Closing Time (1973)
Why: I deliberated over which of Waits' first two albums I should feature. They stand as the most unchallenging Waits records--not a bad thing, especially considering the demanding nature of much of his catalog. But they cover a lot of the same territory, and with about eight albums from his early period alone, I had to spread it out a bit. Plus, being familiarized with Waits' first release is important, especially when you reach the more experimental stuff. His progression is staggering. At any rate, Closing Time seemed right.
While some fans maintain that Waits neophytes should be baptized by fire via some of his more bizarre work, I think Closing Time is the perfect point of entry for the uninitiated. At 45 minutes, it isn't a long album. But more importantly, Tom's vocals are as tame as you'll ever hear them. This is key, because Tom's voice can be the most difficult hurdle in embracing his music. And understandably so -- the guy has spent much of his career roaring at the mic like a rabid hellhound. It's an element of his style that takes an acquired taste to appreciate. But with Closing Time (and follow-up The Heart of Saturday Night), we hear a docile, warm delivery that's a little craggy but isn't any stranger than John Prine or Bob Dylan. Building up your tolerance is the key.
Closing Time is a safe record. I feel comfortable recommending it to just about anyone, because the music is both high-quality and accessible. Tom Waits is a proponent of the former; the latter, you'll soon realize, he could take or leave.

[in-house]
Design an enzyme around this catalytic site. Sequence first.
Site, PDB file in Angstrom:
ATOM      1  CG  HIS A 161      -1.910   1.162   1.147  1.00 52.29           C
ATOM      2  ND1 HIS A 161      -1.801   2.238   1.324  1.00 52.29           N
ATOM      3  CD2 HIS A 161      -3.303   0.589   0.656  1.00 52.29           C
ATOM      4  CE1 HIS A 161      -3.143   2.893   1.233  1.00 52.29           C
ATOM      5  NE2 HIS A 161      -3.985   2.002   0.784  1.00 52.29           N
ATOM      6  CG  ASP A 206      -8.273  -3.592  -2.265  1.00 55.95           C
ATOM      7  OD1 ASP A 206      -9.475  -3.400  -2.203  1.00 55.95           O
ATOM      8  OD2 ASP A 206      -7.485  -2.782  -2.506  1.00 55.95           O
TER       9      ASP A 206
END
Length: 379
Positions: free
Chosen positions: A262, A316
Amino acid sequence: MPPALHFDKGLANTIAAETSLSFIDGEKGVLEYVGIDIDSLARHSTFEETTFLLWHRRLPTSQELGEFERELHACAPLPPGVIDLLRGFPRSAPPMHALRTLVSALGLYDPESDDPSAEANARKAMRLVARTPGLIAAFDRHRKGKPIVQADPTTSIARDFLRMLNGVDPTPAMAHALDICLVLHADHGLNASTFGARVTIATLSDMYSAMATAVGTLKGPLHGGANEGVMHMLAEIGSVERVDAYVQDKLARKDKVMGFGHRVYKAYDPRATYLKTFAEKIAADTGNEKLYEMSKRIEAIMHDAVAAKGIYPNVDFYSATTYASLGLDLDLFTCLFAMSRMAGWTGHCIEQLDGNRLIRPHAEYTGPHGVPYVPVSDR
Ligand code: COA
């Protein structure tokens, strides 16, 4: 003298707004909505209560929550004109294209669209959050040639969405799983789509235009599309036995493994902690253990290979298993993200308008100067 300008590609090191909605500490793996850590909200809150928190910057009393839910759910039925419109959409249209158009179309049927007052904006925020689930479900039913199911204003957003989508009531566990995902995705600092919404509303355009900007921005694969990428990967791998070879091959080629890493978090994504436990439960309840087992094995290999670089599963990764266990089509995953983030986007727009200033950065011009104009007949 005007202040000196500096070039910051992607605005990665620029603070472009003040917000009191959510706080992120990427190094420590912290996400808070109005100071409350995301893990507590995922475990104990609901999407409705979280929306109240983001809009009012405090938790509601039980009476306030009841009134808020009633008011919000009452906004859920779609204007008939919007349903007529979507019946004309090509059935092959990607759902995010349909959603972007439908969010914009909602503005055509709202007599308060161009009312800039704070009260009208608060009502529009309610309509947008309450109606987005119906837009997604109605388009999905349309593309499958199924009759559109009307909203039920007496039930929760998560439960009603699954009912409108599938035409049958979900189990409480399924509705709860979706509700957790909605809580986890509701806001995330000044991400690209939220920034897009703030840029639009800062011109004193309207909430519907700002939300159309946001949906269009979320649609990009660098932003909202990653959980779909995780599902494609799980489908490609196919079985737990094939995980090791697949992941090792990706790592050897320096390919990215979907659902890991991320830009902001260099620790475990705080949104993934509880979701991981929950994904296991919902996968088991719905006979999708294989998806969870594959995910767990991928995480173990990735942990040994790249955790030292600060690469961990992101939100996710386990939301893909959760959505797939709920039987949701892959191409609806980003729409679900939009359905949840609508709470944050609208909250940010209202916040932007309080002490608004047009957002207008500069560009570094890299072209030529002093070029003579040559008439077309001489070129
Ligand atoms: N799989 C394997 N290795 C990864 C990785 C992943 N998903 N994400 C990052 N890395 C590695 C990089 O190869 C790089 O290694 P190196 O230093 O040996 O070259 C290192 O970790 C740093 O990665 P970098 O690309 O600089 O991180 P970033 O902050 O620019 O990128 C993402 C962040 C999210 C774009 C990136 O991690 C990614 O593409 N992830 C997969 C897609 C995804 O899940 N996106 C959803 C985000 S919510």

Songs to Know: The album is populated by weepy love songs ("Martha", "Little Trip to Heaven"), boppy jazz ("Virginia Avenue", "Ice Cream Man"), and warm barroom ballads ("I Hope That I Don't Fall In Love With You", "Rosie"). I call special attention to "Martha", which still stands as one of Waits' more perfect compositions. The piano/string ballad is the story of a man catching up with a lost love forty years later. Waits' ragged voice is the perfect vehicle for conjuring the feelings of nostalgia and regret that linger throughout the song. Listen to this song and try not to be emotionally stirred. If you succeed, be sure to get your oil changed every 3000 miles, you dirty cyborg:
2: His voice may catch you off guard at first, but it sounds like Barry Manilow compared to his later stuff. The songs are simple folk compositions (appealing enough for the Eagles to bastardize), with a little bit of slow jazz swirled in. I suppose the brassy stuff might turn some folks off, but I think there's something for everyone on Closing Time.
Also Check Out: The Heart of Saturday Night, Tom's second album. It's relatively similar with a little bit more beatnik jazz stuff, and it's ballad-heavy. "Shiver Me Timbers" is one of Tom's finest early-period sad bastard piano ballads. And it boasts one of my favorite album covers. Here are both:
There is a chance that these are the only two Waits albums you'll like. I would consider this a minor tragedy, but understandable all the same. Waits wasn't content with playing the jazzy beatnik role his entire career. Like many great artists--The Beatles, Dylan, Radiohead--Waits evolved stylistically, and pissed off a lot of fans in doing so. Closing Time came out in 1973. By the 1980s, Waits was almost an entirely different animal. Only 1982's One from the Heart was a stylistic regression...but I guess when Francis Ford Coppola asks you to score a film, you swallow your pride.
Our next column will look at Tom's last early-period LP proper: 1980's Heartattack and Vine.